The Clover Club 210 Smith St, Brooklyn Rating: 3L's
Remember the good old days on Smith Street, when all a bar needed to be successful was a maritime, zombie or campground theme and $5 Brooklyn Lagers? Maturing Brooklyn gentrifiers with fatter wallets have finally outgrown such playful gimmickry, graduating to the classic cocktail parlor — which, at the moment, is enjoying a citywide revival. And stepping up to the trend is Julie Reiner of Flatiron Lounge — her new venture, Clover Club, may be Brooklyn’s most elegant bar.
Clover Club sits only a few blocks from The Jake Walk, Smith Street’s other new dabbler in pre-Prohibition cocktails. Only Reiner has taken the early-20th century experience even further: think fabric-lined walls, plush leather booths and vest-and-tie bartenders, all illuminated by mini-chandeliers. The décor’s inspiration is a monstrous 1892 mahogany bar (salvaged from a Pennsylvania mining town), which makes whiskey bottles look obscenely classy and probably cost more than my Honda Civic Hatchback. And just in case you weren’t sold already, the pulse of classic jazz completes the atmosphere — enough to conjure the rat-tat-tat of stray tommy-gun fire and make you wish New York would suspend its smoking ban, just this once.
Drinks-wise, skip the modest beer and wine list to spend a moment digesting the fact that you’re about to spend $10 or $11 on a cocktail in Brooklyn. The menu reads like a college course in vintage American booze, complete with Sours and Daisies, Bucks and Mules, Juleps and Smashes, Swizzles and Royales. Explaining the distinctions would take all day — assuming I could remember them — but let’s just say there’s a lot of gin, sugar, bitters and fresh fruit involved. A few miss the mark — avoid the New York Sour — but others, like the Southside Fizz and Bramble, justify the nostalgia, and surprisingly aren’t too sweet.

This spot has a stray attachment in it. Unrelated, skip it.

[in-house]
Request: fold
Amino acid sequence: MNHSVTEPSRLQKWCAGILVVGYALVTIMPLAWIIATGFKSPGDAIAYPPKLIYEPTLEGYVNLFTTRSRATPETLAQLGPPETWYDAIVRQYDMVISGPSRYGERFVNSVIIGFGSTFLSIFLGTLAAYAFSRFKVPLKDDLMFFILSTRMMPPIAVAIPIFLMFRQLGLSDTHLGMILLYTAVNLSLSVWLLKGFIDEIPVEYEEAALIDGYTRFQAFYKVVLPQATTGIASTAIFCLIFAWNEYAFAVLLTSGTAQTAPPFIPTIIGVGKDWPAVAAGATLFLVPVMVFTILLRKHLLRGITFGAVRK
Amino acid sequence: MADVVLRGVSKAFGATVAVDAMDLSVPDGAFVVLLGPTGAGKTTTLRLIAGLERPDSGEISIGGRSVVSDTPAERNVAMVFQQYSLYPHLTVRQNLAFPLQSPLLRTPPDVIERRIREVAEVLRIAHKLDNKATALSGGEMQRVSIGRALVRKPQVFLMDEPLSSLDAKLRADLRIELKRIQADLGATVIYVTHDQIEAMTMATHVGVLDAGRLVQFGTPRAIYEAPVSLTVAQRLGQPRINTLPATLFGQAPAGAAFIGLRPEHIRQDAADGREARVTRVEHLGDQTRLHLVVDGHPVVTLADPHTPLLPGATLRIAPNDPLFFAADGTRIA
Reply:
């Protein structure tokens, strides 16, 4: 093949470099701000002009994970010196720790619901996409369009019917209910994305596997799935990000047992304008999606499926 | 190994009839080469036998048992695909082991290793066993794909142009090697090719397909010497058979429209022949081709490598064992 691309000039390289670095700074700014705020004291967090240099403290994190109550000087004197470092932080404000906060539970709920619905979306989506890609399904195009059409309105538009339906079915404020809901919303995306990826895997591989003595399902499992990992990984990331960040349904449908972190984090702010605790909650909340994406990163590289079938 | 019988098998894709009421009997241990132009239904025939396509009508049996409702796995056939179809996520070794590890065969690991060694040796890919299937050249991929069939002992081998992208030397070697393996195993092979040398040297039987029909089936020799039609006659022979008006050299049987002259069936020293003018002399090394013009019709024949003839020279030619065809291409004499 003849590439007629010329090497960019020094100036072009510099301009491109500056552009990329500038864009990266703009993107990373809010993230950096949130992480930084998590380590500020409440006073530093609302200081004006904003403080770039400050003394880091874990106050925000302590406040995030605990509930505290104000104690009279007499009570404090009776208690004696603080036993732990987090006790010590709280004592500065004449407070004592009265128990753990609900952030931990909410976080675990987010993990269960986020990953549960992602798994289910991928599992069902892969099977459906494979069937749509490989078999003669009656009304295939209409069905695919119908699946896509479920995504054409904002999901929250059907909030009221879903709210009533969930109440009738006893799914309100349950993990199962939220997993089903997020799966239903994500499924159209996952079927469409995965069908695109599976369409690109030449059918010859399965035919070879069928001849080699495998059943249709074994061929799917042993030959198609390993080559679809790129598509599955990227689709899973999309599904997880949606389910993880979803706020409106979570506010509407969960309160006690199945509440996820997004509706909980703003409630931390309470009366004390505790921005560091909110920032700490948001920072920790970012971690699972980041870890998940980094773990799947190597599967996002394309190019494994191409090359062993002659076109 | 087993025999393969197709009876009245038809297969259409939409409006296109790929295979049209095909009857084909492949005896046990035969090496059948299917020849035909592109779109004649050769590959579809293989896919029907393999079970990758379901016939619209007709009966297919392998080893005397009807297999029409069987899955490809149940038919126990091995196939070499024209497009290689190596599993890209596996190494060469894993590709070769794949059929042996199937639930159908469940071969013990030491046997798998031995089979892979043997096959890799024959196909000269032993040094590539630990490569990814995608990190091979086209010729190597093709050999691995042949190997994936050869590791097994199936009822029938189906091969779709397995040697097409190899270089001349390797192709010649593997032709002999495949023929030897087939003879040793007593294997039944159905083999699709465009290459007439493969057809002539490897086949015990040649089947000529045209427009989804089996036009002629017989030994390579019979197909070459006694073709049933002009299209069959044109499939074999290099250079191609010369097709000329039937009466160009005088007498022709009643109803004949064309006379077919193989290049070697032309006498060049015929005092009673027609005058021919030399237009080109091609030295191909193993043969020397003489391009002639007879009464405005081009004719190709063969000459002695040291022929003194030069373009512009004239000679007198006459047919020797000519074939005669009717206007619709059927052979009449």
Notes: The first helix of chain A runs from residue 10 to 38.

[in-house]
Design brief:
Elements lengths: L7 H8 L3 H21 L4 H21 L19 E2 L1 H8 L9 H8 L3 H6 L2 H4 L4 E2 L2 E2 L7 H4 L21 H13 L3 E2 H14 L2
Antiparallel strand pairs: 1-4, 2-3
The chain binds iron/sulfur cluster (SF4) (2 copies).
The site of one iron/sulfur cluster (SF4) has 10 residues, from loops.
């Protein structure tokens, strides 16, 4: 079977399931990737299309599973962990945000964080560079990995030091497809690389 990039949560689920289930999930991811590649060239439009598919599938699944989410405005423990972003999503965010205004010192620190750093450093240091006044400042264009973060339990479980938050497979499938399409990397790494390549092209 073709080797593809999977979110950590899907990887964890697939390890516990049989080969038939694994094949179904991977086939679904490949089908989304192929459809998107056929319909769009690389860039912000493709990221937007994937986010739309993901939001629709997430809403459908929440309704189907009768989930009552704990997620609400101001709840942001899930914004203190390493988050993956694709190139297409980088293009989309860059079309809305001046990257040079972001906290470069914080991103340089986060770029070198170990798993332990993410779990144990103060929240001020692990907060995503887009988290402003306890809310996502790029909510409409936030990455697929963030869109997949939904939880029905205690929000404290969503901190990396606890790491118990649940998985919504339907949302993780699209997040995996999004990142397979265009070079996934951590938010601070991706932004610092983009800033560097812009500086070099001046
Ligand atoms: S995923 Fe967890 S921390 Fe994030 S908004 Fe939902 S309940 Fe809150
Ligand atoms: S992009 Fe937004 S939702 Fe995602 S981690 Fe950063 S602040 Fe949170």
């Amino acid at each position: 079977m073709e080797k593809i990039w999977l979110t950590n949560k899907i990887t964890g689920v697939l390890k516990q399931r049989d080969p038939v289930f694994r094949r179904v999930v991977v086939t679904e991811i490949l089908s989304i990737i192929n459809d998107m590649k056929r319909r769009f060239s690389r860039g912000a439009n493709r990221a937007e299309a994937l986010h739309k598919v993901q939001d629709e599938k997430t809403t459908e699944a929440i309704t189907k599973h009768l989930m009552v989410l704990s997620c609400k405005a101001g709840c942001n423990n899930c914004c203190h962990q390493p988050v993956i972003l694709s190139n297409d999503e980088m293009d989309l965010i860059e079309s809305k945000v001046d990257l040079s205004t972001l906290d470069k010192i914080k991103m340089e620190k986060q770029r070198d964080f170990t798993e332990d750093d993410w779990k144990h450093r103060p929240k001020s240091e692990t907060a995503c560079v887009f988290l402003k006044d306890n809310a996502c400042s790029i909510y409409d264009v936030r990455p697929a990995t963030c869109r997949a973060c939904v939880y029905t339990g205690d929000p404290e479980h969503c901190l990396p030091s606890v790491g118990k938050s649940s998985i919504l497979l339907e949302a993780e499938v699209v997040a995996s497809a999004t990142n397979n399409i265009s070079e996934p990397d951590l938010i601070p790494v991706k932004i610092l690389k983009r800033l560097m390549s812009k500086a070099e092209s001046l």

Clover Club also offers a brief but considered small plates menu. The medium-rare Lamb Burger with goat cheese is worthwhile, as are the Molasses Glazed Chicken Drumettes with Roquefort dipping sauce ($9) — and for the extreme gourmand, CC offers an American Caviar Service ($40). Even fancier is the parlor room in the back, decked out with ornate Victorian furnishings, a marble fireplace and fresh roses on every table.
In true Smith Street style, Clover Club’s biggest flaw is its tendency to feel contrived. Still, the nabe’s newest addition is worth giving a chance. Hopefully a few months of wear, tear and drunken professionals spilling fish eggs on the furniture will give it a homier, more natural feel, living up to its self-proclaimed “lavish yet inviting” intention.